Verse of Encouragement: Hope

The sermon I heard today was about pouring our hearts out to God. Several years ago, when I was reading David’s story, I remember thinking, “I can’t believe he just said that to God.” But God called David “a man after his own heart.” “His” being “God’s.” David had an intimate relationship with God, in part because David knew he could be honest in his feelings toward God. Why do we think God is going to be offended by how we feel? Why do we think God is going to strike us down with a bolt of lightning if we admit to him, “God, I am angry at you!”

Our God is a big God, and, as my pastor made clear this morning, “God already knows your heart.” Why hide out of a sense of reverence, respect, or fear? He already knows, and he can handle us at our rawest, ugliest, sobbiest moments, because those moments are often when we are the most honest and unguarded.

He came to bind up the brokenhearted (Isaiah 61:1), so why do we try to hide our hearts from him? The author of Lamentations hurt so bad that there was no holding back how he felt:

He [God] pierced my heart
with arrows from his quiver.
I became the laughingstock of all my people;
they mock me in song all day long.
He has filled me with bitter herbs
and given me gall to drink.
He has broken my teeth with gravel;
he has trampled me in the dust.
I have been deprived of peace;
I have forgotten what prosperity is.
So I say, “My splendor is gone
and all that I had hoped from the Lord.”

Lamentations 3:13-18, NIV

Wow, says I, that is a lot of blaming God for one’s circumstances. Is the author exaggerating? Is he being literal? Or is he finding the strongest metaphors possible to express his pain in the most raw, honest way he can? There is so little hope to be found in these verses, how could I possibly post them under the heading “Verse of Encouragement”?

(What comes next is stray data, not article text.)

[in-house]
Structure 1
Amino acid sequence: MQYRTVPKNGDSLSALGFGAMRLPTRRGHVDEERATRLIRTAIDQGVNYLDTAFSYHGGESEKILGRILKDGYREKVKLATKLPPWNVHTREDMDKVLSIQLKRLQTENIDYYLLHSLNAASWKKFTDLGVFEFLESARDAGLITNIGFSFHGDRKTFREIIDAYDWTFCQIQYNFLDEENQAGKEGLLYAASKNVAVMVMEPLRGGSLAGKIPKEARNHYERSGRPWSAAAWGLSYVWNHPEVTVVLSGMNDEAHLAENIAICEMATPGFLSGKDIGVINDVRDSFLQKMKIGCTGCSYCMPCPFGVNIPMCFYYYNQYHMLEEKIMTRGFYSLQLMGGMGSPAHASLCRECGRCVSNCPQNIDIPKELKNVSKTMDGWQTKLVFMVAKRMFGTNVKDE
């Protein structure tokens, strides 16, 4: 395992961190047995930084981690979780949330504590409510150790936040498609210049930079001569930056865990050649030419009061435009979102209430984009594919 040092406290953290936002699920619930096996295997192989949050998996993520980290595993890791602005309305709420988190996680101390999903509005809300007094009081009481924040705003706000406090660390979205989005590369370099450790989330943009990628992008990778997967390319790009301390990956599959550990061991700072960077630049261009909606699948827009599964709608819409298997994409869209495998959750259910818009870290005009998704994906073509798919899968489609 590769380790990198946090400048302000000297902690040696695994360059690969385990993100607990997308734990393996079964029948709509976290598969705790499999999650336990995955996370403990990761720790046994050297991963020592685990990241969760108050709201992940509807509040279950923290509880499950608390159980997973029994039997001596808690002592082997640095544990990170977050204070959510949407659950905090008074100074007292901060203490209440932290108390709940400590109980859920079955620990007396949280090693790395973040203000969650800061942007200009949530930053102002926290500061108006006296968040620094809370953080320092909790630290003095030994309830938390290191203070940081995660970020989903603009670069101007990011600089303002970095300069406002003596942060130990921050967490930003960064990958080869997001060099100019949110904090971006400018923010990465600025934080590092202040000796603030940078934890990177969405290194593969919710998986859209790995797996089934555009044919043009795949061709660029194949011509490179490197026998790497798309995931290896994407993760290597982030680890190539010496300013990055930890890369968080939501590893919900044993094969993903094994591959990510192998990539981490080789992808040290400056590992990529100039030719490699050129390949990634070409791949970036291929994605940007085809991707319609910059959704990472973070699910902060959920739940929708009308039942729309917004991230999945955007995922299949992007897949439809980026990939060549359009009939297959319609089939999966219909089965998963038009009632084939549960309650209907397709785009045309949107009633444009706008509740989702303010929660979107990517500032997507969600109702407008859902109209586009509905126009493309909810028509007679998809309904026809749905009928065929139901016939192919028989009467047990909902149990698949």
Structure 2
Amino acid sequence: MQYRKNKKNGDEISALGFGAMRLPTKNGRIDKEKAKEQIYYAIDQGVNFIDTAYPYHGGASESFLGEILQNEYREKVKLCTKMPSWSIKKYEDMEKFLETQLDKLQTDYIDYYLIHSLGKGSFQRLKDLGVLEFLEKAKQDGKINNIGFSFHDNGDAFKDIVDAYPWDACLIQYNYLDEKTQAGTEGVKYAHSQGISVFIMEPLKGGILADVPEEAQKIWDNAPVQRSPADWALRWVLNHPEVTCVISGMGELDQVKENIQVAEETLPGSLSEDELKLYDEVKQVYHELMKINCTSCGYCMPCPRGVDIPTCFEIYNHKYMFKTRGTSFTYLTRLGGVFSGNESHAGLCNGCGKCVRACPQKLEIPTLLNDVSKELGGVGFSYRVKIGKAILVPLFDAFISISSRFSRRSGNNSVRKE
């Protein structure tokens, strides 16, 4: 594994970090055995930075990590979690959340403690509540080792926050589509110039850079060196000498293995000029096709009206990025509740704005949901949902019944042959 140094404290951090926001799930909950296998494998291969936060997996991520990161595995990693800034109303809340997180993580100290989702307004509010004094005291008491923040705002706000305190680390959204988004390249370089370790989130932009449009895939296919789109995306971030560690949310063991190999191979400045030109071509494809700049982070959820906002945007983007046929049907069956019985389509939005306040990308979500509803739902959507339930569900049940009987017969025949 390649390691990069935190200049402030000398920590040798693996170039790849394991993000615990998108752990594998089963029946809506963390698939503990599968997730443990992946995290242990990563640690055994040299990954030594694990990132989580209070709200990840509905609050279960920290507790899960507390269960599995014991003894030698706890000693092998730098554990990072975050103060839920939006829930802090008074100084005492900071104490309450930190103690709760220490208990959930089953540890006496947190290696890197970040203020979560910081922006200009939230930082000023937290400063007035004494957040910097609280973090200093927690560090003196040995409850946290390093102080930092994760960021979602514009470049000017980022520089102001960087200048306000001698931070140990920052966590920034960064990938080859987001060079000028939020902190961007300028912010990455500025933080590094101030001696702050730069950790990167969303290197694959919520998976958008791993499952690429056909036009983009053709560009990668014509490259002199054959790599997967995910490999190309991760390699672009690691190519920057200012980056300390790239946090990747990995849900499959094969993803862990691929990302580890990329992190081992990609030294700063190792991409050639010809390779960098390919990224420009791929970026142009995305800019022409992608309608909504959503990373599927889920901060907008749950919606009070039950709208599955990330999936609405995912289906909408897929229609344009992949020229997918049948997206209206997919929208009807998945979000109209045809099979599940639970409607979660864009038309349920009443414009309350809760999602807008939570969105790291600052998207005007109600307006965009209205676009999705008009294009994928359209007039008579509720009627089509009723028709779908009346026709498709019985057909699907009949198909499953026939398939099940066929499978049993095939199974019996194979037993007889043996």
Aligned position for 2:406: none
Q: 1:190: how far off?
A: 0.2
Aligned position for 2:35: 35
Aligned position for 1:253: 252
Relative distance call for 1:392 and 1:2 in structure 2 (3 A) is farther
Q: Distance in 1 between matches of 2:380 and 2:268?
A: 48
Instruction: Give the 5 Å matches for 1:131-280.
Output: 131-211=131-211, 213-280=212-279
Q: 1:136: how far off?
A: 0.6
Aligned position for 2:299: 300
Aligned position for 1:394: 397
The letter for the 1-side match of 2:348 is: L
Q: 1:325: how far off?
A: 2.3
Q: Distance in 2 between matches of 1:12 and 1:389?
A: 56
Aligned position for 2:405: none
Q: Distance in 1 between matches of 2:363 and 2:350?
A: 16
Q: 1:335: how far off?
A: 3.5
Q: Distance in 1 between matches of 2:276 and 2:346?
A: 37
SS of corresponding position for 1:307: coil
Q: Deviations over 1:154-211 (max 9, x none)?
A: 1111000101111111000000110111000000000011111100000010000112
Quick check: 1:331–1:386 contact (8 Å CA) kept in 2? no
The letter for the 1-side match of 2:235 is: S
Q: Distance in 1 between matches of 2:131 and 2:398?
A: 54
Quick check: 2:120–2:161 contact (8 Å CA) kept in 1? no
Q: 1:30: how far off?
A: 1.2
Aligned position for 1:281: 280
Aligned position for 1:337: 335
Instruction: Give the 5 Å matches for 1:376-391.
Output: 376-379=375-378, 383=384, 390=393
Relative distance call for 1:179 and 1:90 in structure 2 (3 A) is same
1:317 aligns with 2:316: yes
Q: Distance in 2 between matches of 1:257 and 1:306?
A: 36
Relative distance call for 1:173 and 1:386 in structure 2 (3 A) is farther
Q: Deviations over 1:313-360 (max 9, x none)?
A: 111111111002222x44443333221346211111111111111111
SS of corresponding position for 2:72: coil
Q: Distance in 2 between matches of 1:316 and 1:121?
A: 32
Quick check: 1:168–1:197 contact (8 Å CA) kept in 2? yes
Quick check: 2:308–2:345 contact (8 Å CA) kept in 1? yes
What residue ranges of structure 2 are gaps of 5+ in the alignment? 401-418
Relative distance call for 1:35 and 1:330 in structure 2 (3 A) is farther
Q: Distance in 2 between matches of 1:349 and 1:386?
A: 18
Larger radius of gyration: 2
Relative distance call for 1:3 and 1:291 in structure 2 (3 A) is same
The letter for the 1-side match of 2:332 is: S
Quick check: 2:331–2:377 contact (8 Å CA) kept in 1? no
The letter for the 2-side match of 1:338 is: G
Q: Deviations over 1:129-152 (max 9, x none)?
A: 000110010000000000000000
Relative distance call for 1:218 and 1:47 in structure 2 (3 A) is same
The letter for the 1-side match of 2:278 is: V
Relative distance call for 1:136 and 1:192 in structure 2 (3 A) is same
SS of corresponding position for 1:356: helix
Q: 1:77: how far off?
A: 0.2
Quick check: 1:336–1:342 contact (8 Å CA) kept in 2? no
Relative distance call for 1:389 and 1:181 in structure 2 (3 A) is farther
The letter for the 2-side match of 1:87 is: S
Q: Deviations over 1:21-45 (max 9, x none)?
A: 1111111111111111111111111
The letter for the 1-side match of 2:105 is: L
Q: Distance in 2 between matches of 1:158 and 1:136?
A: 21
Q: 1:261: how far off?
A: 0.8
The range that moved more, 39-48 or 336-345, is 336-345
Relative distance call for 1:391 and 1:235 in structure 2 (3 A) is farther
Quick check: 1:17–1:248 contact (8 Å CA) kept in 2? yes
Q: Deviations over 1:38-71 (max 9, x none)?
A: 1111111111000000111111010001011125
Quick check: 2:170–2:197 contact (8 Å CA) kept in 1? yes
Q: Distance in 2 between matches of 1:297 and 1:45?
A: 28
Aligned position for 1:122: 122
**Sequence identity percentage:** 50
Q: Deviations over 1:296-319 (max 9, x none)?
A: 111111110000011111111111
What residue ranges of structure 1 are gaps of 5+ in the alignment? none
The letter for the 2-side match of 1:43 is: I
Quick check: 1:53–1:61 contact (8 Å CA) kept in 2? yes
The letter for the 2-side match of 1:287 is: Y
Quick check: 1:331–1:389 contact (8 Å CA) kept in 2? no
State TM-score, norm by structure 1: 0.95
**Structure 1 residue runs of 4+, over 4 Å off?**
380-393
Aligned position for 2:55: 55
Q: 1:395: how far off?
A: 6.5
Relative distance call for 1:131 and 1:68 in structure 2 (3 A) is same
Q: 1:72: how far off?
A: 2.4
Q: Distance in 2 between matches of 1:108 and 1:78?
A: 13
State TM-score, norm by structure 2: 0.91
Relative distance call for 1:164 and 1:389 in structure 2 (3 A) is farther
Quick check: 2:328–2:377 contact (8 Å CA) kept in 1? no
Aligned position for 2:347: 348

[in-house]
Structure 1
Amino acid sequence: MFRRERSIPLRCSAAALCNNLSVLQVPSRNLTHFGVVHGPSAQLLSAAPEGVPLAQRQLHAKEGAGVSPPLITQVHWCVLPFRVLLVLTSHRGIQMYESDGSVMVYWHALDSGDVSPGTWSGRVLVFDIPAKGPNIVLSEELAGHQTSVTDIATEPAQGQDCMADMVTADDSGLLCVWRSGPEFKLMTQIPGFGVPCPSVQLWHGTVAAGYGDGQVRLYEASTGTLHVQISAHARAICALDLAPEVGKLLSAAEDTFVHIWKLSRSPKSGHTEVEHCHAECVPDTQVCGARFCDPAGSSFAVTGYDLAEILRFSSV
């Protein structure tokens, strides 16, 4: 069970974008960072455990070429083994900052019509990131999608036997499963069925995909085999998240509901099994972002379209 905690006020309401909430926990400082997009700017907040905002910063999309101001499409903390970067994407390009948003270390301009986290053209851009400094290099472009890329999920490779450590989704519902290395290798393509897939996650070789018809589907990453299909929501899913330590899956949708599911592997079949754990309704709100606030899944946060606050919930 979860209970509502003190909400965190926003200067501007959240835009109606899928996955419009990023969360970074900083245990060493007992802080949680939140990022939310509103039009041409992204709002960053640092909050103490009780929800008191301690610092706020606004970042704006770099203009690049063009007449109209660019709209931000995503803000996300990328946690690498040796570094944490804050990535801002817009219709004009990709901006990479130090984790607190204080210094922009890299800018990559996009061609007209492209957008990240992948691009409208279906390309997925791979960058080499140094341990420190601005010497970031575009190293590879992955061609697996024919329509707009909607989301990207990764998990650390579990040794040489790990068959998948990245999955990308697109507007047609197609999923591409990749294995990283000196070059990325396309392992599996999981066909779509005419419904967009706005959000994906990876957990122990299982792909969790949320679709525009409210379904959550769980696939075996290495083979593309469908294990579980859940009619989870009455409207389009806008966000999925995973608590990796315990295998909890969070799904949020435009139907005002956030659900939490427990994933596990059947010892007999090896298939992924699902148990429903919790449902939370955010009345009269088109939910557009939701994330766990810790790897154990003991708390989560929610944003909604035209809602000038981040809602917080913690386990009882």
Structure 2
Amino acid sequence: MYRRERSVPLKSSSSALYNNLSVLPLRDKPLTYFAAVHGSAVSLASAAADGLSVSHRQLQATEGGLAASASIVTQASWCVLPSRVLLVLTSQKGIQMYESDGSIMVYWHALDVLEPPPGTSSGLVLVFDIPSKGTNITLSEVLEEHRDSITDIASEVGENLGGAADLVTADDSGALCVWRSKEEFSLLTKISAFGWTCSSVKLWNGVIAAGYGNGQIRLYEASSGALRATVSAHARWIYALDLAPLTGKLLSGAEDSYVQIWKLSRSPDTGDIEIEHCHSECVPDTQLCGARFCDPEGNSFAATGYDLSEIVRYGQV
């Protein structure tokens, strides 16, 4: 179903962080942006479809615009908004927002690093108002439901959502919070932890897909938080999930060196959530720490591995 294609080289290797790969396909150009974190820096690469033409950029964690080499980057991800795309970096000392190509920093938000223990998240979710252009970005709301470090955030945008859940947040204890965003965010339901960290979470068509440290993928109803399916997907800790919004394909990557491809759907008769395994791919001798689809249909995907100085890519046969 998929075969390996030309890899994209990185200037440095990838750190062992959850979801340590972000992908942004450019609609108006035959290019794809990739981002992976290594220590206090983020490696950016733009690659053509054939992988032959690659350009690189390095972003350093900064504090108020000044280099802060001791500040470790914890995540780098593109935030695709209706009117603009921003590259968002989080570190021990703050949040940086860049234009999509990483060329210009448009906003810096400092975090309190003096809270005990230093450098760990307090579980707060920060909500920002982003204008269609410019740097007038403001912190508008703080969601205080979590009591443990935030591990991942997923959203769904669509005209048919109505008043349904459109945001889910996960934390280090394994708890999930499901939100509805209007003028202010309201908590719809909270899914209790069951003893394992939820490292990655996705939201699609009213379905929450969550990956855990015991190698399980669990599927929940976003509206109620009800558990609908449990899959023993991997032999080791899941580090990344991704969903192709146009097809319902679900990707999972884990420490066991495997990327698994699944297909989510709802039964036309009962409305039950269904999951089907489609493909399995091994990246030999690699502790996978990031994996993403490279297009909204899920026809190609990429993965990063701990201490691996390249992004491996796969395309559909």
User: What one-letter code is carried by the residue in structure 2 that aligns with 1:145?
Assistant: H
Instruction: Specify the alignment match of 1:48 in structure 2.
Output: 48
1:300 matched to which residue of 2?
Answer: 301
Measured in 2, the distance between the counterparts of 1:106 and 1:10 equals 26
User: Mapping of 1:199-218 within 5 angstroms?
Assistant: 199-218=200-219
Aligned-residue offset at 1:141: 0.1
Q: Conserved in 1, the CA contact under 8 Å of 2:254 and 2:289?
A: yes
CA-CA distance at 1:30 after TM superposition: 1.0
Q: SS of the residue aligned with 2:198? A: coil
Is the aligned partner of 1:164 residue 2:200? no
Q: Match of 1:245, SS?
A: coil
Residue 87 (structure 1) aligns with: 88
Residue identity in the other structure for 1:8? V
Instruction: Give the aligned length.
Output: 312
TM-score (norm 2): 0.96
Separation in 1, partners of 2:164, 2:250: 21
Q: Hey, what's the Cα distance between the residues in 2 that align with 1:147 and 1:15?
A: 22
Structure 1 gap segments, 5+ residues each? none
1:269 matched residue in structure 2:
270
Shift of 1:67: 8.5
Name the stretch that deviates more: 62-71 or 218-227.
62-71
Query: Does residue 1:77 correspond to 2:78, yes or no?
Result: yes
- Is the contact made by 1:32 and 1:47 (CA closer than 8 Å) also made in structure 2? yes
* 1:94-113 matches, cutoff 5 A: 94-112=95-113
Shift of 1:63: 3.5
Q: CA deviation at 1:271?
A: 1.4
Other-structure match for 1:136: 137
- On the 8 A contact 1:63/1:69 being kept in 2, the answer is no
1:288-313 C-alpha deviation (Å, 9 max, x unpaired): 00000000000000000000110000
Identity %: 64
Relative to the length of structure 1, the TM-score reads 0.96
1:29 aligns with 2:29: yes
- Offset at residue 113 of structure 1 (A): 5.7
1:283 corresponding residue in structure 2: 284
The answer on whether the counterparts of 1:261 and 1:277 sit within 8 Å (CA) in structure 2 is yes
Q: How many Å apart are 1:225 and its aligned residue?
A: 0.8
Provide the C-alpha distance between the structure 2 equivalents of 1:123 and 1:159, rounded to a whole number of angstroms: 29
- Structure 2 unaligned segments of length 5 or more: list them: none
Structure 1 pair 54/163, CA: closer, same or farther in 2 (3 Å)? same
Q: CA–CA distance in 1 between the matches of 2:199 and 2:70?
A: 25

Because the suffering is not the whole story, nor the end of the story. The author pours out his heart, then as my pastor phrased it, “pushed through the pain to find the praise.”

I remember my affliction and my wandering, (“suffering and homelessness,” NLT),
the bitterness and the gall.
I well remember them,
and my soul is downcast within me.
Yet this I call to mind
and therefore I have hope:
Because of the Lord’s great love we are not consumed,
for his compassions never fail.
They are new every morning;
great is your faithfulness.

Lamentations 3:19-23, NIV

Who was it who pointed out to me that the verse doesn’t say, “Nothing bad will happen to you”? It says “we are not consumed.” Life throws some dirty punches, no mistake. We might not be spared the loss, the betrayal, the illness. No matter what happens, God has got our back. Without the tragedies, the set-backs, the horrible mistakes, who would I be today? Have I let bitterness dictate who I am, or hope? Sometimes it’s hard for me to tell. Would my character be on the road to refinement? Would I ever learn compassion for others? Would I grow in my faith? Would I learn to listen to that still, small voice and be able to tell the difference between God speaking and my own imagination or desires?